New research concludes women’s work in agriculture may potentially have a negative impact on household nutrition, through a combination of reduced time for care work and seasonal energy deficits.
The findings are part of a study led by Prof Nitya Rao, Professor of Gender and Development in the University of East Anglia’s (UEA) School of International Development.
In most of rural India, women work as agricultural and family farm labourers, in addition to performing nearly all the childcare and household duties. Often men have gone to work in urban areas, leaving women to balance agricultural and household work, including food gathering and preparation.
Overall, women’s work in agriculture seems to have a negative impact on household nutrition, through a combination of reduced time for care work and seasonal energy deficits. Longer working hours for women or increased work intensity can have detrimental effects on their own health and, in turn, their ability to care for their children. This leads to poor child- and household-level nutrition outcomes.
The study examines the intersections of gender with other forms of social identity and inequality. The paper titled, ‘Gendered time, seasonality and nutrition: Insights from two Indian districts’, has been published in the journal Feminist Economics, a leading peer-reviewed journal that provides an open forum for dialogue and debate about feminist economic perspectives.
In India, class, caste and ethnicity play important roles in shaping access to resources, especially land. Those structural factors also determine women’s agency, social norms around appropriate behaviour, notions of care and food cultures.
Prof Rao said: “This new research examines how social identity, seasonality and context shape women’s agricultural work, as well as food intakes and feeding practices.
“Women’s agricultural work could potentially have negative outcomes, especially for the young child whose nutrition depends more on the mother’s time for breastfeeding and supplementary feeding. The double burden of work and care often leads to a time trade-off between the two.”
Prof Rao’s research draws on primary data from 12 villages in two Indian districts, Wardha (Maharashtra) and Koraput (Odisha) between 2014-2016. The study villages comprise a mix of castes and ethnicities, all with distinctive cultures and livelihoods, from land-owning cultivators to landless groups who survive by engaging in wage labour. Malnutrition is high in both areas, with near or more than 50 per cent of children underweight. In both regions, women account for nearly all the household work, such as bathing and feeding children, washing clothes and collecting water.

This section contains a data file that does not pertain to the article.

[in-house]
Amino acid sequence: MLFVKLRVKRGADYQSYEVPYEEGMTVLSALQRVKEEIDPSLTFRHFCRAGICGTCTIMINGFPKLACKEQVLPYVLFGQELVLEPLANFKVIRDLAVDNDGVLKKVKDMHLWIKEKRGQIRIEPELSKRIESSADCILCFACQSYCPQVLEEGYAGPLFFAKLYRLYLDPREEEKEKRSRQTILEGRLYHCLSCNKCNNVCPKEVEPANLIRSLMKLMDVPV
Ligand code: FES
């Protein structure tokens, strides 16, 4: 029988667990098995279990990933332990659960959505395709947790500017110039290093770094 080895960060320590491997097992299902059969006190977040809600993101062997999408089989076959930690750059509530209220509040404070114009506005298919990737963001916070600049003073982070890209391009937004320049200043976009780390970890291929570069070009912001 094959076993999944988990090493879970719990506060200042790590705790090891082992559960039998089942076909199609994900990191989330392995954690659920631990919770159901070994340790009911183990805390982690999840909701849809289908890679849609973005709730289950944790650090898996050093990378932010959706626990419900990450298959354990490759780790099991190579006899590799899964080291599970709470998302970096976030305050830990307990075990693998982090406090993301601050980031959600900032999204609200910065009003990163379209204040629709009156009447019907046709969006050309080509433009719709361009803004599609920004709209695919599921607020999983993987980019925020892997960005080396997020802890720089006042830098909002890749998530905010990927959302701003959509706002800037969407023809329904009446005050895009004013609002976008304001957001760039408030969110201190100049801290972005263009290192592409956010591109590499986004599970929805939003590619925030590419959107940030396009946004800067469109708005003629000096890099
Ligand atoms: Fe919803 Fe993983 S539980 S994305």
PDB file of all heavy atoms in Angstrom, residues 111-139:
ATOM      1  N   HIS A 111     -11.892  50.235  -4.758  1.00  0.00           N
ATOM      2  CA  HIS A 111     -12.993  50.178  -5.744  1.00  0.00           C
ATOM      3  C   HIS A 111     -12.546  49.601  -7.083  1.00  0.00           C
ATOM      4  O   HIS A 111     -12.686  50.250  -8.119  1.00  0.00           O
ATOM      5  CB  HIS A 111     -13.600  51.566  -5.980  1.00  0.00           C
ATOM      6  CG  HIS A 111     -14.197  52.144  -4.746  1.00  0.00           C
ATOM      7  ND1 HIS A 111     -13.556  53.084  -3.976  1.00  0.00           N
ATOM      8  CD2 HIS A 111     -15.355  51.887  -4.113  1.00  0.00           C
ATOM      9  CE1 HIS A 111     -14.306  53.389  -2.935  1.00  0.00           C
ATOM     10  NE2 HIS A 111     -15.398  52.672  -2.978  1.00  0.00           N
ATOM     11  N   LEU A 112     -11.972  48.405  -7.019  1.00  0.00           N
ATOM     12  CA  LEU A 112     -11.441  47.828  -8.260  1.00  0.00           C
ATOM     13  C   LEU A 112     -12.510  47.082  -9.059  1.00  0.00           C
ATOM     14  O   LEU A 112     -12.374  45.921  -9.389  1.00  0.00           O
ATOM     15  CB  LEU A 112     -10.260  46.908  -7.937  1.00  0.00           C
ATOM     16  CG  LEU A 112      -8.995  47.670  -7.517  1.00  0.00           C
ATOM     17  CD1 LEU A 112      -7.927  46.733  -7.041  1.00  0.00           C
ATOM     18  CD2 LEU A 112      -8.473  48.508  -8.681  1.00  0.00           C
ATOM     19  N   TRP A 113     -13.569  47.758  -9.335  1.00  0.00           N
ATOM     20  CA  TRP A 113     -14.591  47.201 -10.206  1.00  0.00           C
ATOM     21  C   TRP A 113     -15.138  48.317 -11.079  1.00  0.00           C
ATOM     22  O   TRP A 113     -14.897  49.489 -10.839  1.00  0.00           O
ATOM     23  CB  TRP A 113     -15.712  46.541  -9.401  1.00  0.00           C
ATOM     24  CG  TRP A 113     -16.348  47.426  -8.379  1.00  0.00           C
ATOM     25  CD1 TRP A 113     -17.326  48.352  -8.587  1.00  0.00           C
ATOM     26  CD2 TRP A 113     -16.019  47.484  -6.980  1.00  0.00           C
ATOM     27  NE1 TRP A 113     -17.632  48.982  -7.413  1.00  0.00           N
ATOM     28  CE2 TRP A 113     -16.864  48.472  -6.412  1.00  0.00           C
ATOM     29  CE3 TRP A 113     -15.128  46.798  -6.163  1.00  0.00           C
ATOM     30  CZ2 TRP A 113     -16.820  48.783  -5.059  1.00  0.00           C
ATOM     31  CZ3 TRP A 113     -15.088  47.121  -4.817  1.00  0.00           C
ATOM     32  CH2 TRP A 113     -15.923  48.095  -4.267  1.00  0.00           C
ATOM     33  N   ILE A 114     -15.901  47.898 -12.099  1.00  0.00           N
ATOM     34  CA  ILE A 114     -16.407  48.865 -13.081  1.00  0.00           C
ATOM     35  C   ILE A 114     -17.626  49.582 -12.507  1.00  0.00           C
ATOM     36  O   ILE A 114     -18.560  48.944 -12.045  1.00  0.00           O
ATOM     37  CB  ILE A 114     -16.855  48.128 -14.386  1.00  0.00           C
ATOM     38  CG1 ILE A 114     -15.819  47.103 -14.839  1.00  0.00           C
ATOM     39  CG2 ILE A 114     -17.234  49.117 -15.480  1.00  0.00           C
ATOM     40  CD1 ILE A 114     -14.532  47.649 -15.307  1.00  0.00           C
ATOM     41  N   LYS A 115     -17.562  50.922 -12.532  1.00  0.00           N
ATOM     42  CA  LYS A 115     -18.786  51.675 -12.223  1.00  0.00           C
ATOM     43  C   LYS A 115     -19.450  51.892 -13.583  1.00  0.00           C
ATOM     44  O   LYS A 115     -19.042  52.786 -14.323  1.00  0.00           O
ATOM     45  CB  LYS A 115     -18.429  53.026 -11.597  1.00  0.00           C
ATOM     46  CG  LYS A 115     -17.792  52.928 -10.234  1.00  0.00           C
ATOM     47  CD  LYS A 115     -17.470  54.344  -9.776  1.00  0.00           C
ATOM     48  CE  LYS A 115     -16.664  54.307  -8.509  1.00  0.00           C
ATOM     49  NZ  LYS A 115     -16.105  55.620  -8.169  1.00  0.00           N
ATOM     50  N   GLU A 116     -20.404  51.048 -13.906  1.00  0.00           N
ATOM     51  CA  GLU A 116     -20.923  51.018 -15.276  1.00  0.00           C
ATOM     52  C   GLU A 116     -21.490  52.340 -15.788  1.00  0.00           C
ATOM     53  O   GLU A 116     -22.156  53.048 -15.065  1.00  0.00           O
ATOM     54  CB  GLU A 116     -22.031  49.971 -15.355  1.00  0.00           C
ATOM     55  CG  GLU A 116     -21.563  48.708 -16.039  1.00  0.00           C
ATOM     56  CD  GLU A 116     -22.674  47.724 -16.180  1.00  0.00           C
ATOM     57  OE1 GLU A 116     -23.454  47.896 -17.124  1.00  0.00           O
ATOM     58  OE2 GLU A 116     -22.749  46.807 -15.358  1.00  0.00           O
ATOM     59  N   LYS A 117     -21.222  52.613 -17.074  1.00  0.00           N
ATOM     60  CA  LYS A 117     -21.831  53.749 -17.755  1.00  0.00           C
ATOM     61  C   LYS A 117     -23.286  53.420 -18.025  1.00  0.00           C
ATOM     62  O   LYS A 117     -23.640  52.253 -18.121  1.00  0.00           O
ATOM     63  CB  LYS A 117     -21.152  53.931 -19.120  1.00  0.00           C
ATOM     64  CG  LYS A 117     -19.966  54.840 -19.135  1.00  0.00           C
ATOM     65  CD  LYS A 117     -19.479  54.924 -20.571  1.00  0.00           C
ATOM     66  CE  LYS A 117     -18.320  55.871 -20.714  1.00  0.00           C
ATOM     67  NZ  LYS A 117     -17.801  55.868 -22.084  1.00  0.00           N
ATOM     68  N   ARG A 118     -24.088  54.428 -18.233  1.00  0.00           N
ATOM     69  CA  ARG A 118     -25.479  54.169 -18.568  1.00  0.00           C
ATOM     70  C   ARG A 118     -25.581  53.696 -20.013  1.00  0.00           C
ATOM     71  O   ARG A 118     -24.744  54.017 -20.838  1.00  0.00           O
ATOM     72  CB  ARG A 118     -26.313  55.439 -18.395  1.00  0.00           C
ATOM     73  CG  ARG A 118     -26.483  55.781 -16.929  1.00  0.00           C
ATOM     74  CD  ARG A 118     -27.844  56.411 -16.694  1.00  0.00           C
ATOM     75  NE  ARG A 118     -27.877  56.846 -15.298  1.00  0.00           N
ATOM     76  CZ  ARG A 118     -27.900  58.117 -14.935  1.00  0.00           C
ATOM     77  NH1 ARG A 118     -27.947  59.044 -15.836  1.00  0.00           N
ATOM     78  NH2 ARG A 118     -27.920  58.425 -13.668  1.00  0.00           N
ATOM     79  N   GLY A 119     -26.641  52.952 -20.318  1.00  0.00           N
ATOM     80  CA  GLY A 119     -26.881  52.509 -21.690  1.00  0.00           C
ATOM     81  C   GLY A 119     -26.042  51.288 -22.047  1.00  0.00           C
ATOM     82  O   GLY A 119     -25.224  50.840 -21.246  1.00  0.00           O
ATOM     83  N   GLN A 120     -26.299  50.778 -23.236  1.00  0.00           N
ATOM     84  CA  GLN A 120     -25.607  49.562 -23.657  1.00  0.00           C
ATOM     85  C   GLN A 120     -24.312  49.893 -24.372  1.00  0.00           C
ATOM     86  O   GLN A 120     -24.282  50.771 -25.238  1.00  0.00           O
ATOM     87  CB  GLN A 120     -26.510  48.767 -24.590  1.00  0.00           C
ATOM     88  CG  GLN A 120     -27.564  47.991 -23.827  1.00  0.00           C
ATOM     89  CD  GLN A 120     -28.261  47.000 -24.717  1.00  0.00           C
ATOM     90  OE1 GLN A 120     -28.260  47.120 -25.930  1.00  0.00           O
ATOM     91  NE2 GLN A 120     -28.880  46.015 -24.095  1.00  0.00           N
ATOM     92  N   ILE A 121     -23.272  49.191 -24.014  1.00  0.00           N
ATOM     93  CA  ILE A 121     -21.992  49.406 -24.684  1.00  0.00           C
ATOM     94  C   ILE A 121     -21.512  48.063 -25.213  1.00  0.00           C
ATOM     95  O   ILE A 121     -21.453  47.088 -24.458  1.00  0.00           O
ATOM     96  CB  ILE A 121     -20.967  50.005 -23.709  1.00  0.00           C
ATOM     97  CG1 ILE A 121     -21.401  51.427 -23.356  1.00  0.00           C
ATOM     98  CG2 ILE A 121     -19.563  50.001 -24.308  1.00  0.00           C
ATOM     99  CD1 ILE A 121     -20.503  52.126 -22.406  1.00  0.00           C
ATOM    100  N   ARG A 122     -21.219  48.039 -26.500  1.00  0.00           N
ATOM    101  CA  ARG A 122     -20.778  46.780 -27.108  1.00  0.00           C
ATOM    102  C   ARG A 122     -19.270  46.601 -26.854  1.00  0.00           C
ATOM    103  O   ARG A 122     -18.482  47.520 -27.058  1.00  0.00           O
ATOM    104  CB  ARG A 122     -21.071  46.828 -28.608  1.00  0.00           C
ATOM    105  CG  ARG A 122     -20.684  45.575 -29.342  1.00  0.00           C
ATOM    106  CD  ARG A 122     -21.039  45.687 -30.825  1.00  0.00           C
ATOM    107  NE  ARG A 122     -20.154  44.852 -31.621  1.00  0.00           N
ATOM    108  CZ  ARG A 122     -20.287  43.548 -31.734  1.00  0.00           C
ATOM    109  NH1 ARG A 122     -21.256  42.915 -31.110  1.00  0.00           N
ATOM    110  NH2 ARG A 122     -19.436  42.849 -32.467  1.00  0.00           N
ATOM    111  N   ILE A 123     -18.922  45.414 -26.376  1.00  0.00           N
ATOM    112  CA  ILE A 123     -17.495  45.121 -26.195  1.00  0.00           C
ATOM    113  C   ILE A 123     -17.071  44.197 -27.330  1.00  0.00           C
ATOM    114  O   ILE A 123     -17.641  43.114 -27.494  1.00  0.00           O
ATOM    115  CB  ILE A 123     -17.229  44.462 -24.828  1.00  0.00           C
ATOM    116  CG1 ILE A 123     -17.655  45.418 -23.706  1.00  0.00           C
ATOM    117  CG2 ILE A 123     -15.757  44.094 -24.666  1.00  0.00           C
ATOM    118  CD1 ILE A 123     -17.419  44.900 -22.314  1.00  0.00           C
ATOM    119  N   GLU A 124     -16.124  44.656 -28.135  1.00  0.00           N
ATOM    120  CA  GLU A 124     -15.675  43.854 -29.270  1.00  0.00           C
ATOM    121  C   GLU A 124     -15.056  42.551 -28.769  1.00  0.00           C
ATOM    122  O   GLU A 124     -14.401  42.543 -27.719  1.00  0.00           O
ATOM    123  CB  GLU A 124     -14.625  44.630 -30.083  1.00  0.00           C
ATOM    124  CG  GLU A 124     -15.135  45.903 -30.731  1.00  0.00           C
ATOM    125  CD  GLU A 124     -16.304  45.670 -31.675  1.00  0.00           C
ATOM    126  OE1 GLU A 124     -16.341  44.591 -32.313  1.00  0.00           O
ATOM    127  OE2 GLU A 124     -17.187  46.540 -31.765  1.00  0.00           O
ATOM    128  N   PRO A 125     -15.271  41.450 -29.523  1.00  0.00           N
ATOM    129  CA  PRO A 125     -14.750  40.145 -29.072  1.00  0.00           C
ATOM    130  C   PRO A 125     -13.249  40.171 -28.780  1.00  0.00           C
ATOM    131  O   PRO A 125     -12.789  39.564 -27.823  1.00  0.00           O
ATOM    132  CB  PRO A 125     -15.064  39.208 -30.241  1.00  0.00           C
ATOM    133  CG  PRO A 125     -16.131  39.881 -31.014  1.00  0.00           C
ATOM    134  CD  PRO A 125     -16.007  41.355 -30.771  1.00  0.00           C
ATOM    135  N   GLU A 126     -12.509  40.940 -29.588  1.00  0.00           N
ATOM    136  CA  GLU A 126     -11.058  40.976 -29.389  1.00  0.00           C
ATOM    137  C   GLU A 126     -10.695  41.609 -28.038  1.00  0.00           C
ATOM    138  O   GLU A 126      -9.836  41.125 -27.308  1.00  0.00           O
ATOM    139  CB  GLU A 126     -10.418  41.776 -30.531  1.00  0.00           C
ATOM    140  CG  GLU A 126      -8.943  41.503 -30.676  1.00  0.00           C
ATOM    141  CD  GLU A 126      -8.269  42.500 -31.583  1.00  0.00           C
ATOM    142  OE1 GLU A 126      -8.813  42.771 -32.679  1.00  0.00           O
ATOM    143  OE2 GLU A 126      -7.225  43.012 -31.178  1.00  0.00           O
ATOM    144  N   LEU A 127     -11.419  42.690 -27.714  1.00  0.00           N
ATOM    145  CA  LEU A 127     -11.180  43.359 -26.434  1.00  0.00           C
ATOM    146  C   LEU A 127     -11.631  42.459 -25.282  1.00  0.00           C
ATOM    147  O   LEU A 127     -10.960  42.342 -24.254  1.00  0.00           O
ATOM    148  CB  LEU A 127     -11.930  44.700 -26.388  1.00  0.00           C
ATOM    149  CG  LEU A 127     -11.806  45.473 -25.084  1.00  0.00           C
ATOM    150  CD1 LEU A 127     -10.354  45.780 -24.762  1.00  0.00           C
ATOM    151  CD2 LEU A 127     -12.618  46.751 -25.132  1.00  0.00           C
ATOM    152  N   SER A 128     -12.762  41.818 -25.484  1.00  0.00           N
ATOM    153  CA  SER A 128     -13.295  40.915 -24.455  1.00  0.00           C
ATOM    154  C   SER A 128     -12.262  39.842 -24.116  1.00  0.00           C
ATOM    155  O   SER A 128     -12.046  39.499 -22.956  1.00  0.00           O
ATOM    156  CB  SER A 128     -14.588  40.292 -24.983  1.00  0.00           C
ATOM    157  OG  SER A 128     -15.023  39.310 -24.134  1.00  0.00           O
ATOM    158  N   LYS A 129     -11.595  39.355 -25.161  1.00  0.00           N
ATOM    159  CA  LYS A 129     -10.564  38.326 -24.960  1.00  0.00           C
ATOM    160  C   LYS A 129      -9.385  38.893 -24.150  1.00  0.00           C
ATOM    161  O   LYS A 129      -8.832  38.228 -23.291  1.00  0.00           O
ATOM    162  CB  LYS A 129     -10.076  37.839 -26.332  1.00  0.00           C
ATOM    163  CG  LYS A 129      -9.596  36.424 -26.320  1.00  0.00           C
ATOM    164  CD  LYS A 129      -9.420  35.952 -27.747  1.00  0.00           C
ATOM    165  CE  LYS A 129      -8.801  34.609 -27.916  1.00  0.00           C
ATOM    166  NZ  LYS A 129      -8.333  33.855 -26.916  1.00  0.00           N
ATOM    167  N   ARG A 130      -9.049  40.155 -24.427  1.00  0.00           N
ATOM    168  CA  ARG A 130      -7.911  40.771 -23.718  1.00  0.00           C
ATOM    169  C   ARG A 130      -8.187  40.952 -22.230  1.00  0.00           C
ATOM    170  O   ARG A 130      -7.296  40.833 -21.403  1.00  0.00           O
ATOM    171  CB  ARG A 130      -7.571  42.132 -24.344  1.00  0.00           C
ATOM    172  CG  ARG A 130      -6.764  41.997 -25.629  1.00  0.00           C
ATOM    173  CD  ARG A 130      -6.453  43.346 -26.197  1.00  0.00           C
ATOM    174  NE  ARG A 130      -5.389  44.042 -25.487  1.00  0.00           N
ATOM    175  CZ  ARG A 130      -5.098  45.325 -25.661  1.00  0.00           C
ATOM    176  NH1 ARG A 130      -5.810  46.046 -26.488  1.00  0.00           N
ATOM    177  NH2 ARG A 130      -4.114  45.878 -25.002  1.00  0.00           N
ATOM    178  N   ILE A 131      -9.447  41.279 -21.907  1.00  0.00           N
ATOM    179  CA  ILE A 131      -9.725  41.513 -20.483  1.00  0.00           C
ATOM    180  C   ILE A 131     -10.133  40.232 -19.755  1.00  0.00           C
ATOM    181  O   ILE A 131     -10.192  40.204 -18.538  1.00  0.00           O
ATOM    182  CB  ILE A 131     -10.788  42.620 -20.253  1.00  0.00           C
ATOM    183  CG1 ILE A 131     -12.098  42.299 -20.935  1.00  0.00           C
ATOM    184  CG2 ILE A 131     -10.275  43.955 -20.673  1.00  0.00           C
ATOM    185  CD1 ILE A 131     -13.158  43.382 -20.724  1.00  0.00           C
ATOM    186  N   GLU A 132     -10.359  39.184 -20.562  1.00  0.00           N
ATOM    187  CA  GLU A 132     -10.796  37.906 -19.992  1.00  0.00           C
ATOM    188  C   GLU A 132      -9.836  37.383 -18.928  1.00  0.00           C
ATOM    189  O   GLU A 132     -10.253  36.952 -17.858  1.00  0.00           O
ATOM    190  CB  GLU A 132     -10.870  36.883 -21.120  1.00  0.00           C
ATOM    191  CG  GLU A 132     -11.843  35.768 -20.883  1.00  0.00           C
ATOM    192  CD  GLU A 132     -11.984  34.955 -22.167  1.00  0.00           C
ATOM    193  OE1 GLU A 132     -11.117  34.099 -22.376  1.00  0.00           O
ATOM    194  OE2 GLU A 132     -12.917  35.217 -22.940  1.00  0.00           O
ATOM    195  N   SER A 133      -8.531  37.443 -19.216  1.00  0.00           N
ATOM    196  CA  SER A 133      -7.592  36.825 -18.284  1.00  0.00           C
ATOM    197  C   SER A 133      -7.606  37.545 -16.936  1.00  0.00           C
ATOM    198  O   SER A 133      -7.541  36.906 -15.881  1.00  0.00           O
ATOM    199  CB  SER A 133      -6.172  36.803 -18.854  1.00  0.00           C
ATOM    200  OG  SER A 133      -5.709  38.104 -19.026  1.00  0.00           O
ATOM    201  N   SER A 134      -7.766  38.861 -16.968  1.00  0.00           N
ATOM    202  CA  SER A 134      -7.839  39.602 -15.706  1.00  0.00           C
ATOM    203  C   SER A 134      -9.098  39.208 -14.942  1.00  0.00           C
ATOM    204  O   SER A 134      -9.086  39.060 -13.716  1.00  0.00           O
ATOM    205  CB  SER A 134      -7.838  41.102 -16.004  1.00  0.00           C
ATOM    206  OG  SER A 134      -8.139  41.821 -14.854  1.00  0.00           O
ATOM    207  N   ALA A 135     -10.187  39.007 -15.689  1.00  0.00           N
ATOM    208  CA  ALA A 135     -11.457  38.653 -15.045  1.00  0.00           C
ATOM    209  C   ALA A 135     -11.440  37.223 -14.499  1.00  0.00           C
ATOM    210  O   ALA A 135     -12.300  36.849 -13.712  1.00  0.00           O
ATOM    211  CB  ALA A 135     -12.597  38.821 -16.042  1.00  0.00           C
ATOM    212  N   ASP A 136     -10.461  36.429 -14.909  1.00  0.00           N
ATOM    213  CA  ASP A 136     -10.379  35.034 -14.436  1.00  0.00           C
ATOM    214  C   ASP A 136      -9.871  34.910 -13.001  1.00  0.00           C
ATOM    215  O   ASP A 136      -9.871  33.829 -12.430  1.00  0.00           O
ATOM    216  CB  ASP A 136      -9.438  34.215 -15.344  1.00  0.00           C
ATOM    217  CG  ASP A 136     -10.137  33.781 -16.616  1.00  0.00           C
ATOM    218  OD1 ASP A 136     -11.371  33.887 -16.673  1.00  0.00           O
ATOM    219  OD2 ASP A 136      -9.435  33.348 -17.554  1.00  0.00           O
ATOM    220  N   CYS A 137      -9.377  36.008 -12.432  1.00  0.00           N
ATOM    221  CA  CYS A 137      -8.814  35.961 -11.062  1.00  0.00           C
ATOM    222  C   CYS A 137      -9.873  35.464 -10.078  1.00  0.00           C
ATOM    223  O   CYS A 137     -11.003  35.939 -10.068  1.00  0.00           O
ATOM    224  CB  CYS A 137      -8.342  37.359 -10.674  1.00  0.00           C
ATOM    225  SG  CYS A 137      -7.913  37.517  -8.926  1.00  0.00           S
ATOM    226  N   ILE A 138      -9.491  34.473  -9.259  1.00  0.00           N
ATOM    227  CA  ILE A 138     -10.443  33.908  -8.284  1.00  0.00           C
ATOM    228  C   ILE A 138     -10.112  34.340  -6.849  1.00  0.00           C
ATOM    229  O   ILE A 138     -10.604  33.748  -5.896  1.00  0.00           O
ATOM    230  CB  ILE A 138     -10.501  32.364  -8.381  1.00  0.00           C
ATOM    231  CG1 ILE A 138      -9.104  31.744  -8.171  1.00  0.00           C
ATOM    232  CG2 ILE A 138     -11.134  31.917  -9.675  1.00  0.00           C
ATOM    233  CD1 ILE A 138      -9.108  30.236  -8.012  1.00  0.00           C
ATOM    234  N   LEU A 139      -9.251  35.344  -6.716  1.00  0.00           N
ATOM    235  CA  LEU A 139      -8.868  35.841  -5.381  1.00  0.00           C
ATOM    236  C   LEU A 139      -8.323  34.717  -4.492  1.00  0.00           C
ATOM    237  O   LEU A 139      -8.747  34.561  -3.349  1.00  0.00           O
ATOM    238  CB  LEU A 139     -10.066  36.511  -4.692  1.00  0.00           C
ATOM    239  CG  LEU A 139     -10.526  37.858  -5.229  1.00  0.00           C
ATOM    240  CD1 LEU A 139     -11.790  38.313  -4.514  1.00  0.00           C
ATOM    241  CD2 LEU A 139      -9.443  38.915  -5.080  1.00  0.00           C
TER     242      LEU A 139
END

In Wardha, women harvest cotton manually, but the semi-arid region has reported severe agrarian distress over the past decade. Moreover, the smell of cotton and cotton dust causes headaches and leaves workers with no appetite or desire to cook or eat, which has implications for the rest of the household.
In Koraput, located in the semi-humid tropics, literacy rates and other human development indicators are low. People in this region work, on average, close to 13 hours a day, resulting in sleep deprivation, especially during the peak agricultural seasons of planting and harvesting.
As Koraput participant Kamala Paroja said: “We leave for our fields for transplantation early in the morning. There is no time to go to the forest to collect vegetables or greens, and no time to cook. We eat once a day – rice and ambli (sour gruel of rice flour and tamarind).”
Prof Rao said in order to improve women’s lives and household nutrition and health outcomes, policies need to be context-specific, taking into consideration factors such as caste and location. Regardless, though, policies must aim to reduce the time- and effort-intensity of women’s agricultural work.
Prof Rao said: “The lack of attention to women’s time as a key factor in child nutrition outcomes is perhaps the main reason for the persistence of poor nutritional outcomes despite economic growth.
“Infrastructural support that can reduce the drudgery and effort/time intensity of tasks, especially cooking, as well as clean energy and drinking water, alongside strengthening child-care services, will help India move toward the United Nations Sustainable Development Goals of reducing hunger and stopping intergenerational nutritional deprivation.”
This article is part of the gender research in India generated by the Leveraging Agriculture for Nutrition in South Asia (LANSA) Research Consortium, led by the M.S Swaminathan Research Foundation (MSSRF). The project is funded by UK aid from the UK government.